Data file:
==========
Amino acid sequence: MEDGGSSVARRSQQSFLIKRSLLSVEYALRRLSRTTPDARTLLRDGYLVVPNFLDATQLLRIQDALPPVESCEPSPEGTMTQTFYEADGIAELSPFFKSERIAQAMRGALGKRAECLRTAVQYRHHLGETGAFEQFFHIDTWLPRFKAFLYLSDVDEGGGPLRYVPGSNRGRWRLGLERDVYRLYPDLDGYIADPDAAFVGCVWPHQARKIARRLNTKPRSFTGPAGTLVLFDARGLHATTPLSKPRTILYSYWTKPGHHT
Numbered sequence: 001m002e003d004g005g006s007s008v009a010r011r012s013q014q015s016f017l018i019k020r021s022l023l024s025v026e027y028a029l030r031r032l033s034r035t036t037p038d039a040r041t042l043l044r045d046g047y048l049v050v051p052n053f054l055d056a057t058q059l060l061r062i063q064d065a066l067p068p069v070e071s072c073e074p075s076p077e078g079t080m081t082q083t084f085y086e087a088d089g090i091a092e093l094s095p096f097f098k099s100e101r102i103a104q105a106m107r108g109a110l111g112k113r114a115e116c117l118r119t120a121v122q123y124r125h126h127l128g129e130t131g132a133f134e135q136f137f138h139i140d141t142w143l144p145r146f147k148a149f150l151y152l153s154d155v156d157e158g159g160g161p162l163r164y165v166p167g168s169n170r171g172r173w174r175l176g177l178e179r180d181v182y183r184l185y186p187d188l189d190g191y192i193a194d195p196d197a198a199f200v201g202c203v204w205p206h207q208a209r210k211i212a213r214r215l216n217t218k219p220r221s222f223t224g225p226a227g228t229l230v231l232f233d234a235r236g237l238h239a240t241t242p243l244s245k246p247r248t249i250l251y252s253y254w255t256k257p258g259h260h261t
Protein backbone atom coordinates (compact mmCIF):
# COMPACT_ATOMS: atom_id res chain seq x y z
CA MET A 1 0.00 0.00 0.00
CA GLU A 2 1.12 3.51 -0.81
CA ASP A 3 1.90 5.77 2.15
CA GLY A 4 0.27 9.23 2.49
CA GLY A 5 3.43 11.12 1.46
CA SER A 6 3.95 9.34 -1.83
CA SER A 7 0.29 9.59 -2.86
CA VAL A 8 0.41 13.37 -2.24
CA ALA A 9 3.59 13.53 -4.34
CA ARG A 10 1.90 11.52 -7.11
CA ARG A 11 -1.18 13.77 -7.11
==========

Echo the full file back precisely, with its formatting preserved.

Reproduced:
Amino acid sequence: MEDGGSSVARRSQQSFLIKRSLLSVEYALRRLSRTTPDARTLLRDGYLVVPNFLDATQLLRIQDALPPVESCEPSPEGTMTQTFYEADGIAELSPFFKSERIAQAMRGALGKRAECLRTAVQYRHHLGETGAFEQFFHIDTWLPRFKAFLYLSDVDEGGGPLRYVPGSNRGRWRLGLERDVYRLYPDLDGYIADPDAAFVGCVWPHQARKIARRLNTKPRSFTGPAGTLVLFDARGLHATTPLSKPRTILYSYWTKPGHHT
Numbered sequence: 001m002e003d004g005g006s007s008v009a010r011r012s013q014q015s016f017l018i019k020r021s022l023l024s025v026e027y028a029l030r031r032l033s034r035t036t037p038d039a040r041t042l043l044r045d046g047y048l049v050v051p052n053f054l055d056a057t058q059l060l061r062i063q064d065a066l067p068p069v070e071s072c073e074p075s076p077e078g079t080m081t082q083t084f085y086e087a088d089g090i091a092e093l094s095p096f097f098k099s100e101r102i103a104q105a106m107r108g109a110l111g112k113r114a115e116c117l118r119t120a121v122q123y124r125h126h127l128g129e130t131g132a133f134e135q136f137f138h139i140d141t142w143l144p145r146f147k148a149f150l151y152l153s154d155v156d157e158g159g160g161p162l163r164y165v166p167g168s169n170r171g172r173w174r175l176g177l178e179r180d181v182y183r184l185y186p187d188l189d190g191y192i193a194d195p196d197a198a199f200v201g202c203v204w205p206h207q208a209r210k211i212a213r214r215l216n217t218k219p220r221s222f223t224g225p226a227g228t229l230v231l232f233d234a235r236g237l238h239a240t241t242p243l244s245k246p247r248t249i250l251y252s253y254w255t256k257p258g259h260h261t
Protein backbone atom coordinates (compact mmCIF):
# COMPACT_ATOMS: atom_id res chain seq x y z
CA MET A 1 0.00 0.00 0.00
CA GLU A 2 1.12 3.51 -0.81
CA ASP A 3 1.90 5.77 2.15
CA GLY A 4 0.27 9.23 2.49
CA GLY A 5 3.43 11.12 1.46
CA SER A 6 3.95 9.34 -1.83
CA SER A 7 0.29 9.59 -2.86
CA VAL A 8 0.41 13.37 -2.24
CA ALA A 9 3.59 13.53 -4.34
CA ARG A 10 1.90 11.52 -7.11
CA ARG A 11 -1.18 13.77 -7.11